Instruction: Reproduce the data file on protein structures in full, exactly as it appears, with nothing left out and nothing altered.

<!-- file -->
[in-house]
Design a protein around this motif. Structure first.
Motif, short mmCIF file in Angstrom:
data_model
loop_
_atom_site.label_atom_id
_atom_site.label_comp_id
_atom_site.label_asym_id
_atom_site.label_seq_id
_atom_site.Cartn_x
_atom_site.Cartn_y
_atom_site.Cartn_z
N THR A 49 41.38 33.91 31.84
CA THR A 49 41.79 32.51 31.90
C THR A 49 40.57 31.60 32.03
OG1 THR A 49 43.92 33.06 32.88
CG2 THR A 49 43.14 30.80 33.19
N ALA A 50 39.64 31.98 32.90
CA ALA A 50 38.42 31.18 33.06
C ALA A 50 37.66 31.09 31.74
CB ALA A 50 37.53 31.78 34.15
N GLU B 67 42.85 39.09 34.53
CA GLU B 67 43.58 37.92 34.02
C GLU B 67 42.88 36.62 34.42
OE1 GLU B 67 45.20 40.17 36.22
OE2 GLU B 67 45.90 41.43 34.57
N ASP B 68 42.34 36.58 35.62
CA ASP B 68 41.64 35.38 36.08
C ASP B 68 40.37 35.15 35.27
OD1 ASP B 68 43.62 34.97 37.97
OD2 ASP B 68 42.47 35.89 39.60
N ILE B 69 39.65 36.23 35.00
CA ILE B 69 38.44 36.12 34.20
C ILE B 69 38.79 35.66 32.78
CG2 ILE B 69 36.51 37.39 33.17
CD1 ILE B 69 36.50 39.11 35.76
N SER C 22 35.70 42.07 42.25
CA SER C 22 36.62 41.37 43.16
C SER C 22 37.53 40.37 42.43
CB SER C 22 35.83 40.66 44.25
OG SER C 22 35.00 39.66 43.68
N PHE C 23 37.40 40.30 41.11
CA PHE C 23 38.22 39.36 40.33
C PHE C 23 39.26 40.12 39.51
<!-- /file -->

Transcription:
[in-house]
Design a protein around this motif. Structure first.
Motif, short mmCIF file in Angstrom:
data_model
loop_
_atom_site.label_atom_id
_atom_site.label_comp_id
_atom_site.label_asym_id
_atom_site.label_seq_id
_atom_site.Cartn_x
_atom_site.Cartn_y
_atom_site.Cartn_z
N THR A 49 41.38 33.91 31.84
CA THR A 49 41.79 32.51 31.90
C THR A 49 40.57 31.60 32.03
OG1 THR A 49 43.92 33.06 32.88
CG2 THR A 49 43.14 30.80 33.19
N ALA A 50 39.64 31.98 32.90
CA ALA A 50 38.42 31.18 33.06
C ALA A 50 37.66 31.09 31.74
CB ALA A 50 37.53 31.78 34.15
N GLU B 67 42.85 39.09 34.53
CA GLU B 67 43.58 37.92 34.02
C GLU B 67 42.88 36.62 34.42
OE1 GLU B 67 45.20 40.17 36.22
OE2 GLU B 67 45.90 41.43 34.57
N ASP B 68 42.34 36.58 35.62
CA ASP B 68 41.64 35.38 36.08
C ASP B 68 40.37 35.15 35.27
OD1 ASP B 68 43.62 34.97 37.97
OD2 ASP B 68 42.47 35.89 39.60
N ILE B 69 39.65 36.23 35.00
CA ILE B 69 38.44 36.12 34.20
C ILE B 69 38.79 35.66 32.78
CG2 ILE B 69 36.51 37.39 33.17
CD1 ILE B 69 36.50 39.11 35.76
N SER C 22 35.70 42.07 42.25
CA SER C 22 36.62 41.37 43.16
C SER C 22 37.53 40.37 42.43
CB SER C 22 35.83 40.66 44.25
OG SER C 22 35.00 39.66 43.68
N PHE C 23 37.40 40.30 41.11
CA PHE C 23 38.22 39.36 40.33
C PHE C 23 39.26 40.12 39.51